Trawler receives `ultimate' around-the-world sea trial

Designers, sales teams get up-close, personal look through 26,000-mile cruise

October 13, 2002|By Joel McCord | Joel McCord,SPECIAL TO THE SUN

The guys at Pacific Asian Enterprises in California thought they had a pretty good trawler in the 40-footer they took off their production lines and cruised in Alaskan waters.

But they wanted more adventure, a chance to get the designers and sales teams more familiar with the boat, and, oh, OK, "some promotional benefits as well," says PAE vice president Jim Leishman.

So they set out last November to cruise their Nordhavn 40 around the world, 26,000 miles in 26 weeks with rotating crews. They went non-stop from Dana Point, Calif., to Hawaii, hid from a Pacific Ocean typhoon in Malaysia and slipped through the Red Sea, between Africa and the Arabian Peninsula, three months after the terrorist attacks on New York and Washington.

They were "real nervous about the Middle East," says Leishman, the director of the voyage and captain for two legs. So nervous they thought about scrapping the trip, or trying to run around the Cape of Good Hope at the southern tip of Africa during typhoon season. But when they got to the Maldives in the Indian Ocean they realized their "concerns were completely unfounded."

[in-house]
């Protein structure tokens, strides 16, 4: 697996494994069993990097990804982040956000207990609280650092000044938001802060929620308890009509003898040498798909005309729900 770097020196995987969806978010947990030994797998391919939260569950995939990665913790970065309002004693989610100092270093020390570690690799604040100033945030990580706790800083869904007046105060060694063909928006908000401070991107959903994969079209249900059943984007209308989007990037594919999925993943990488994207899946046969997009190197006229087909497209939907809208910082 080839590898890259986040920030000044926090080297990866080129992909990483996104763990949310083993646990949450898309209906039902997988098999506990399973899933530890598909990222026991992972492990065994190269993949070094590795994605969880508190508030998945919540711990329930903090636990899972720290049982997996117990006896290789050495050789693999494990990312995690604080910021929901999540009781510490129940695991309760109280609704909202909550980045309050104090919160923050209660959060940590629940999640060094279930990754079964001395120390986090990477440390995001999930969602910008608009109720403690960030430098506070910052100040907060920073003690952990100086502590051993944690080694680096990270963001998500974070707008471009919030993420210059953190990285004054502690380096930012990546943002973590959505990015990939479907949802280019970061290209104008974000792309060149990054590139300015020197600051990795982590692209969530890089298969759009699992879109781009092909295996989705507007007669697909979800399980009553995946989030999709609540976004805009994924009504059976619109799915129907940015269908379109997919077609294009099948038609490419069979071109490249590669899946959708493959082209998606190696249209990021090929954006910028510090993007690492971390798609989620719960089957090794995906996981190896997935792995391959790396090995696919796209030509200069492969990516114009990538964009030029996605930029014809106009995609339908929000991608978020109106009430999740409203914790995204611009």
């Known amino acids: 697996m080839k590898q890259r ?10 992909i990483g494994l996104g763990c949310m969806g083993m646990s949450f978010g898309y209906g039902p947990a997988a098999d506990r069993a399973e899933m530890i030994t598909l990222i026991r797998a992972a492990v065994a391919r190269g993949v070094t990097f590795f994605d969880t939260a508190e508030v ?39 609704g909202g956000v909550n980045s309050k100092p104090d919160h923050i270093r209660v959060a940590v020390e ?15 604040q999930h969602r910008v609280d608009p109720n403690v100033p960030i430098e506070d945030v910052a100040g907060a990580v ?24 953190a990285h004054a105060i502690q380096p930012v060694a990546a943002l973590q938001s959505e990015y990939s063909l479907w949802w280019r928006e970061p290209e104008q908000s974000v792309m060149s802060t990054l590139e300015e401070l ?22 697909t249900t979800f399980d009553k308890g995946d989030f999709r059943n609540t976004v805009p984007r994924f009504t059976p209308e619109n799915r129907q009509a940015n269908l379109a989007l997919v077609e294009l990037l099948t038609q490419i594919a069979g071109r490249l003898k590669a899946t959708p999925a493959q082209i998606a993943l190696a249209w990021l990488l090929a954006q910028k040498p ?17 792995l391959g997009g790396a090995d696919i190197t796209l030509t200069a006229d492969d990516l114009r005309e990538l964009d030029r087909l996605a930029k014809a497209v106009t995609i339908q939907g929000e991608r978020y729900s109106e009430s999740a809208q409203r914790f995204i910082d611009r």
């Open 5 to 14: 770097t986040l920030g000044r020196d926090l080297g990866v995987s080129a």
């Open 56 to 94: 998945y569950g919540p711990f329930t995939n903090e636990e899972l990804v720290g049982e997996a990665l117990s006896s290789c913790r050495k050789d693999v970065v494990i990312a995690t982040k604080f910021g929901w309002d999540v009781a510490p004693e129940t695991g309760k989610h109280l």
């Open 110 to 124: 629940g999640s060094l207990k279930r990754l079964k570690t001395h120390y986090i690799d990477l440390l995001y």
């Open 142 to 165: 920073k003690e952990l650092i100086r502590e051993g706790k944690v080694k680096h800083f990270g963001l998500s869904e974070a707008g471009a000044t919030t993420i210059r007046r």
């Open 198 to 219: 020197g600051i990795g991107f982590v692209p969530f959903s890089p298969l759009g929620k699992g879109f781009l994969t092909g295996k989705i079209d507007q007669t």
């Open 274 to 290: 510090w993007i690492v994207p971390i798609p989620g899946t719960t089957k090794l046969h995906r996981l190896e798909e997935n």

The waters were crawling with U.S., British, French and German warships and the skies were blanketed with their aircraft. A British naval officer told them there "had never been a safer time to transit the whole region," Leishman recalls.

The boat made it through the Suez Canal without incident, weathered heavy storms in the Mediterranean, then crossed the Atlantic, transited the Panama Canal and headed home, becoming the smallest off-the-shelf production boat to circumnavigate the globe.

Since then, it was exhibited at the Newport, R.I., Boat Show and at Trawler Fest, an annual gathering of trawler owners and manufacturers in Solomons. It is arriving in Annapolis for the U.S. Powerboat Show, which opens Oct. 17.

After that, they will take the boat to a show in Fort Lauderdale and finally turn it over to a buyer in November.

The Nordhavn 40, which costs between $450,000 and $500,000, depending on options and accessories, is one of six PAE models that range in size from 35 to 62 feet. It's not particularly fast - a top speed of 8 knots - but it's heavy and takes to rough weather better than lighter boats its size.

PAE has been building the Nordhavn 40 for three years, yet they called this voyage the "ultimate sea trial."

"We learned more about the boat than we could have if we just took it out of the harbor and into the ocean for a while," says Leishman.

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